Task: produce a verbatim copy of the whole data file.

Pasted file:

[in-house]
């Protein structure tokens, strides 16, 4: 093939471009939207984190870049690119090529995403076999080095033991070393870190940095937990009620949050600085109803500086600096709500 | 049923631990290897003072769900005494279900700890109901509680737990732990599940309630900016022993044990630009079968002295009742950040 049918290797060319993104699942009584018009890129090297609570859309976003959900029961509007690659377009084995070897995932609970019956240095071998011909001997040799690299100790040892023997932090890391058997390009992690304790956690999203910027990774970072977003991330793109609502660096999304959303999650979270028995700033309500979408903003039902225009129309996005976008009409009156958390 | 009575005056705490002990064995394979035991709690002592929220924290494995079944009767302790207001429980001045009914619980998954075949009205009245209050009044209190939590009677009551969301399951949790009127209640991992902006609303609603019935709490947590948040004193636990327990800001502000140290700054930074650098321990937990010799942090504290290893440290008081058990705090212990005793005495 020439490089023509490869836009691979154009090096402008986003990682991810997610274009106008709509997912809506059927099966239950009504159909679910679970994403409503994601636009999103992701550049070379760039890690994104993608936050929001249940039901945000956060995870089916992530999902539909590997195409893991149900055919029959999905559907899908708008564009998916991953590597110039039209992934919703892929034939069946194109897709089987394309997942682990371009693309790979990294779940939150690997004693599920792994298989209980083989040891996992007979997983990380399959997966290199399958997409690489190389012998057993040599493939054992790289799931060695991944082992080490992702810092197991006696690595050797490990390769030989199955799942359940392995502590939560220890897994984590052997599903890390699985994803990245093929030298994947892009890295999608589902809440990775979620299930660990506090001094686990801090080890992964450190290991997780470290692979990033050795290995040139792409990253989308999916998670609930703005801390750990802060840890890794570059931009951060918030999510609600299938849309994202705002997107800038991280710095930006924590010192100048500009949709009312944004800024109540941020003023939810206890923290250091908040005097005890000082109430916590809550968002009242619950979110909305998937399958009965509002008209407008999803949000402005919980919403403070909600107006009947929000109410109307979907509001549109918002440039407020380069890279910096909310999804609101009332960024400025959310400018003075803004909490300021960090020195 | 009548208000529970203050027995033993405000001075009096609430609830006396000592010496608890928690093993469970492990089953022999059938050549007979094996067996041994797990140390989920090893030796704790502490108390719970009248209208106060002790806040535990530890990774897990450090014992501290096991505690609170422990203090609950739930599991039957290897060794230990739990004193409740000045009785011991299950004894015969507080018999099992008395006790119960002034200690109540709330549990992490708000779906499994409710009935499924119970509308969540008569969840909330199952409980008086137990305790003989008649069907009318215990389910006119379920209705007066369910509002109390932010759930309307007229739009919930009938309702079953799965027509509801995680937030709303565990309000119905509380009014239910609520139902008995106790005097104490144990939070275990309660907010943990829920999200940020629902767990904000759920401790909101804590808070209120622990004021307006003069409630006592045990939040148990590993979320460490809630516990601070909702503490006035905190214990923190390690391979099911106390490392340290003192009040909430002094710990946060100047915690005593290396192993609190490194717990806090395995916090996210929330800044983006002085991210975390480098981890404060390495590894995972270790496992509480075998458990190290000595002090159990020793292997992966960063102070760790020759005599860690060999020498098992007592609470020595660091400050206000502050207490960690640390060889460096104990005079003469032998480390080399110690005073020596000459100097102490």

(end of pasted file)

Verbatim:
[in-house]
């Protein structure tokens, strides 16, 4: 093939471009939207984190870049690119090529995403076999080095033991070393870190940095937990009620949050600085109803500086600096709500 | 049923631990290897003072769900005494279900700890109901509680737990732990599940309630900016022993044990630009079968002295009742950040 049918290797060319993104699942009584018009890129090297609570859309976003959900029961509007690659377009084995070897995932609970019956240095071998011909001997040799690299100790040892023997932090890391058997390009992690304790956690999203910027990774970072977003991330793109609502660096999304959303999650979270028995700033309500979408903003039902225009129309996005976008009409009156958390 | 009575005056705490002990064995394979035991709690002592929220924290494995079944009767302790207001429980001045009914619980998954075949009205009245209050009044209190939590009677009551969301399951949790009127209640991992902006609303609603019935709490947590948040004193636990327990800001502000140290700054930074650098321990937990010799942090504290290893440290008081058990705090212990005793005495 020439490089023509490869836009691979154009090096402008986003990682991810997610274009106008709509997912809506059927099966239950009504159909679910679970994403409503994601636009999103992701550049070379760039890690994104993608936050929001249940039901945000956060995870089916992530999902539909590997195409893991149900055919029959999905559907899908708008564009998916991953590597110039039209992934919703892929034939069946194109897709089987394309997942682990371009693309790979990294779940939150690997004693599920792994298989209980083989040891996992007979997983990380399959997966290199399958997409690489190389012998057993040599493939054992790289799931060695991944082992080490992702810092197991006696690595050797490990390769030989199955799942359940392995502590939560220890897994984590052997599903890390699985994803990245093929030298994947892009890295999608589902809440990775979620299930660990506090001094686990801090080890992964450190290991997780470290692979990033050795290995040139792409990253989308999916998670609930703005801390750990802060840890890794570059931009951060918030999510609600299938849309994202705002997107800038991280710095930006924590010192100048500009949709009312944004800024109540941020003023939810206890923290250091908040005097005890000082109430916590809550968002009242619950979110909305998937399958009965509002008209407008999803949000402005919980919403403070909600107006009947929000109410109307979907509001549109918002440039407020380069890279910096909310999804609101009332960024400025959310400018003075803004909490300021960090020195 | 009548208000529970203050027995033993405000001075009096609430609830006396000592010496608890928690093993469970492990089953022999059938050549007979094996067996041994797990140390989920090893030796704790502490108390719970009248209208106060002790806040535990530890990774897990450090014992501290096991505690609170422990203090609950739930599991039957290897060794230990739990004193409740000045009785011991299950004894015969507080018999099992008395006790119960002034200690109540709330549990992490708000779906499994409710009935499924119970509308969540008569969840909330199952409980008086137990305790003989008649069907009318215990389910006119379920209705007066369910509002109390932010759930309307007229739009919930009938309702079953799965027509509801995680937030709303565990309000119905509380009014239910609520139902008995106790005097104490144990939070275990309660907010943990829920999200940020629902767990904000759920401790909101804590808070209120622990004021307006003069409630006592045990939040148990590993979320460490809630516990601070909702503490006035905190214990923190390690391979099911106390490392340290003192009040909430002094710990946060100047915690005593290396192993609190490194717990806090395995916090996210929330800044983006002085991210975390480098981890404060390495590894995972270790496992509480075998458990190290000595002090159990020793292997992966960063102070760790020759005599860690060999020498098992007592609470020595660091400050206000502050207490960690640390060889460096104990005079003469032998480390080399110690005073020596000459100097102490």